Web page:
A Visit with Eve Coleman, the Creator of “Keepers Dolly Duds”


Ever since I first read the story “Anne of Green Gables”, by L.M. Montogomery, Nova Scotia and Prince Edward Island have held a special place in my heart.  That “Anne-girl” painted such a delightful picture of her beloved islands, that a part of me wanted to claim them as my own.  Though my visits to the to the islands have only ever been in my imagination, I still managed to find a real “kindred spirit” there in Eve Coleman, the charm and talent behind “Keepers Dolly Duds Designs”.

For the last several years, Eve has made a name for herself in the world of historical doll clothes fashion.  Her exceptional designs and attention to detail set them apart from all others.  This career path has been a long time in the making as her love of sewing began at a very early age.

“I remember watching my Mom cut and sew outfits for us on her Imperial sewing machine. I know she did it out of necessity and didn’t enjoy it nearly as much as I enjoyed watching her. She would let me have the scraps, a needle and thread, and a pair of blunt scissors to keep me busy and out of her hair, no doubt. I can remember laying fabric on the floor with my doll on top and cutting around its figure.  Then, I’d sew the “dress” at the shoulders and up the sides while it was still on the doll. As a young girl, my older sisters and I use to have a play house with a huge box of scrap fabric in it and we spent many hours searching for the right piece of fabric to see who could make the prettiest outfit for our Barbie dolls.  As a teenager, I made most all my clothes on my mother’s Imperial sewing machine (see picture of me in my homemade outfit… 1976!).  It was a straight stitch with reverse and a button hole attachment. I always loved looking through the pattern books for new outfit ideas.”

Though her earliest sewing experience began with her dolls, like most girls as she grew older she put them away to spend more time sewing for herself and her home.  Still, she always held a special affection for dolls and in 2004 she came full circle when she began making clothes for “American Girl” dolls.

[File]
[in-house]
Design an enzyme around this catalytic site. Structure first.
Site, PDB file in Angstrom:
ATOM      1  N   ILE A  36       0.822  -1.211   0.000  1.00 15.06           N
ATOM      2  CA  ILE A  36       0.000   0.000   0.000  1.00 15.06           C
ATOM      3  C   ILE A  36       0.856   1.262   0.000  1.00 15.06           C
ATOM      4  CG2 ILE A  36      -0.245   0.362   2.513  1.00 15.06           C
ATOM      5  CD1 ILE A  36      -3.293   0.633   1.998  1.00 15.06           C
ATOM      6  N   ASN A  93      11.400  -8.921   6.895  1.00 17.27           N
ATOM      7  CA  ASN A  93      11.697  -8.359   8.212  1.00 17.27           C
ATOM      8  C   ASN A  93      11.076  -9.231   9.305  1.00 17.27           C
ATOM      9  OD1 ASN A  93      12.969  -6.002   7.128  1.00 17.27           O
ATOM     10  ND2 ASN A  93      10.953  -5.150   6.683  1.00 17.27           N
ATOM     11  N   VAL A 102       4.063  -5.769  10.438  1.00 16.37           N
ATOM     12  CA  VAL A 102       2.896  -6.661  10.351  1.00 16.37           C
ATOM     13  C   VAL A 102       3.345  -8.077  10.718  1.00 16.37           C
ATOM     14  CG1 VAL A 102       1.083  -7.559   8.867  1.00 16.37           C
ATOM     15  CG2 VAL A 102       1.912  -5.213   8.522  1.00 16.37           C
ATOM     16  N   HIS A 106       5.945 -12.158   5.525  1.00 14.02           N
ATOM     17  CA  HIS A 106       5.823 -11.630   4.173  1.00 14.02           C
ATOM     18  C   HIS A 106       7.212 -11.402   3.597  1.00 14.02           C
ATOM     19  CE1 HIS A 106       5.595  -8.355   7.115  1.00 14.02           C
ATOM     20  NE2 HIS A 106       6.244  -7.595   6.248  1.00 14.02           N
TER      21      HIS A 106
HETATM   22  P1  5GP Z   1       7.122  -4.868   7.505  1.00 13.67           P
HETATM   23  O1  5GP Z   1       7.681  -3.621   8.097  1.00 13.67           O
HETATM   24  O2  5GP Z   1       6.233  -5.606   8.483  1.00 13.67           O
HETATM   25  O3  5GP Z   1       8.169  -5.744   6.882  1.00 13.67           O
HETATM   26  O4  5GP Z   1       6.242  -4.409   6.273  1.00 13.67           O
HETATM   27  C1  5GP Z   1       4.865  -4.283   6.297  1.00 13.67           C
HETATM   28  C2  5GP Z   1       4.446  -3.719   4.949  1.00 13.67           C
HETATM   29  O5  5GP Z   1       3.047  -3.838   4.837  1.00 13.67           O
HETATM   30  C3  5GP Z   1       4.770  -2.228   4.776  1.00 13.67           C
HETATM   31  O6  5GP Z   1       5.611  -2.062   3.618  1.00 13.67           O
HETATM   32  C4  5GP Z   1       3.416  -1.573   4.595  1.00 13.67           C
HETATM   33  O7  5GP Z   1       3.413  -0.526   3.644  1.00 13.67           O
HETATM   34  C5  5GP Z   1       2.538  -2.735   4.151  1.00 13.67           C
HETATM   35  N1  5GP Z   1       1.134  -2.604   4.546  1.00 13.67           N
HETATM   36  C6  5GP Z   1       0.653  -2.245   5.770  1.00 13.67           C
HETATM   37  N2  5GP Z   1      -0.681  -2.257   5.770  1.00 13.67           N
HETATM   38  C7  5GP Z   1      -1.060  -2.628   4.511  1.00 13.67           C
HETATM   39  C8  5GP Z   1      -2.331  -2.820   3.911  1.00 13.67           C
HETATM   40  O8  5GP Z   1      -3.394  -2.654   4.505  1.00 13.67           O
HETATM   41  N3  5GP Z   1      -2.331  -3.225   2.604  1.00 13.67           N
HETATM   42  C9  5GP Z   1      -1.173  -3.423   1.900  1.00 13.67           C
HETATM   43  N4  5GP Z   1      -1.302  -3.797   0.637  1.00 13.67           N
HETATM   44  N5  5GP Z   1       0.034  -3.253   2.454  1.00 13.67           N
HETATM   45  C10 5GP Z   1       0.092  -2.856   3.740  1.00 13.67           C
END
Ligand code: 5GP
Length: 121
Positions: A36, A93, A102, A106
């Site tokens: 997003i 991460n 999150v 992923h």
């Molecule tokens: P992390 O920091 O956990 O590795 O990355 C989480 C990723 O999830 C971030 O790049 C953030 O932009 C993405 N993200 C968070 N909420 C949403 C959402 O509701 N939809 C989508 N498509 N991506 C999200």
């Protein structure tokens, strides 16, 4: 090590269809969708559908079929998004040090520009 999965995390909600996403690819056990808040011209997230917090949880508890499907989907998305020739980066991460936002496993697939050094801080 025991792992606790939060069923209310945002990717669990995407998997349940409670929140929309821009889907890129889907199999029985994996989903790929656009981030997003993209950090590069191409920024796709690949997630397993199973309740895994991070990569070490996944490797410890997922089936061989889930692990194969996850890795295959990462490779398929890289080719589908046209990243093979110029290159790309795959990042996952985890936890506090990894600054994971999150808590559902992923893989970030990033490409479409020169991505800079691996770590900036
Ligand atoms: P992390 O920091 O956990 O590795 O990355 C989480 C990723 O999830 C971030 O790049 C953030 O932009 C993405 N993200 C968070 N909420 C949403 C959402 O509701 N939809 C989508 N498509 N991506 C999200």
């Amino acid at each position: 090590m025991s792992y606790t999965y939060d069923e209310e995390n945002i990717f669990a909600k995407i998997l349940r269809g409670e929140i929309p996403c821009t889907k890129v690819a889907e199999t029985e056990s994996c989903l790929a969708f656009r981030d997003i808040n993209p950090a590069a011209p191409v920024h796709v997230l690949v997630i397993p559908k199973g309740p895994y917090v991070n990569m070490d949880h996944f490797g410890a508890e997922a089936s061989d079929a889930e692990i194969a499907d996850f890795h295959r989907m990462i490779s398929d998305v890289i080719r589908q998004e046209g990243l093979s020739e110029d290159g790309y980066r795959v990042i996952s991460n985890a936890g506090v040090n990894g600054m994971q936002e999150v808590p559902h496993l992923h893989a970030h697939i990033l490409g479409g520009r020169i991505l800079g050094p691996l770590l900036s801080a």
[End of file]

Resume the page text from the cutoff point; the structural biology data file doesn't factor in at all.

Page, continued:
“For a number of years I handmade jointed mohair teddy bears, and would often dress them.  I sold many of these

 bears over the years on a website called KeepersBears.com.  I also owned an 18-inch “Girl on the Go”doll which I had made a wardrobe for just for the fun of it.  I really liked sewing for a doll that size. My husband, who happened to be an avid “eBayer”, encouraged me to try my hand at selling my bears and my doll clothes on eBay. I quickly discovered
that doll clothes were very popular, especially ones made for a doll called “The American Girl Doll”. I wondered where one could buy a doll such as that. Well of course my husband knew where and surprised me with my first American Girl doll, Kirsten, which of course he bought on eBay.”

American Girl dolls provide a unique opportunity to explore history, and this is perhaps one of the things that sets these dolls apart from others.

“I am not such a fan of modern clothing. I rather like when girls were dressed as girls and boys as boys such as historical fashions depict. I am old fashioned for sure. I believe styles are like history lessons although I would never claim my doll outfits are historically correct. How could they be…using today’s fabrics, notions and fancy sewing machines? I do like them to look as real clothing would or at least as close to that as I can manage given the scale of the 18″ doll. I often watch old movies, look through vintage catalogs ( my husband is always on the look out for old catalogs for me), and photographs. The internet is an endless source of historical clothing, and patterns, for that matter. Inspiration is not difficult to find when surfing the net.”

When Eve began selling her dresses on Etsy in the fall of 2011, I saw her work for the first time.    Her dresses were exquisite, and I really felt she gave me something to aspire to.  At that time, I was working on my very first pattern.  The dress design had been well received, but after making it numerous times, I was ready to move on to something new.  It seemed a shame to retire it, so I decided to try my hand at turning it into a pattern.  That first pattern took me months to complete because I had a lot of new ground to break.  Still, I found the process immensely satisfying. Despite the dress’s popularity, and all my hard work, I was still very unsure of myself when it came to actually publishing the pattern.  In November of 2011, I decided test the waters and offer my nearly completed pattern to a few seamstresses willing to take it for a test run.  Eve, was one of the first seamstresses to take me up on the offer.

“Her pattern was very well done and I was impressed! I wrote to her telling her so. I had mentioned that I wished I had her talent so I could develop all my hand drawn bits of paper patterns into something as professional looking as hers. So many people were suggesting and asking me to sell patterns.  She wrote back and said she had an idea…  The rest is history!”

This month, Eve published her 11th pattern with Thimbles and Acorns.  “Sweet 70s” is a trip back into a more recent part of history with a dress styled after the ones many of us remember wearing ourselves.  Working with Eve these last two years has been a privilege and a delight and I am honored to be able to play a part in bringing her patterns to you.


Visit Eve and Keepers Dolly Duds Designs here.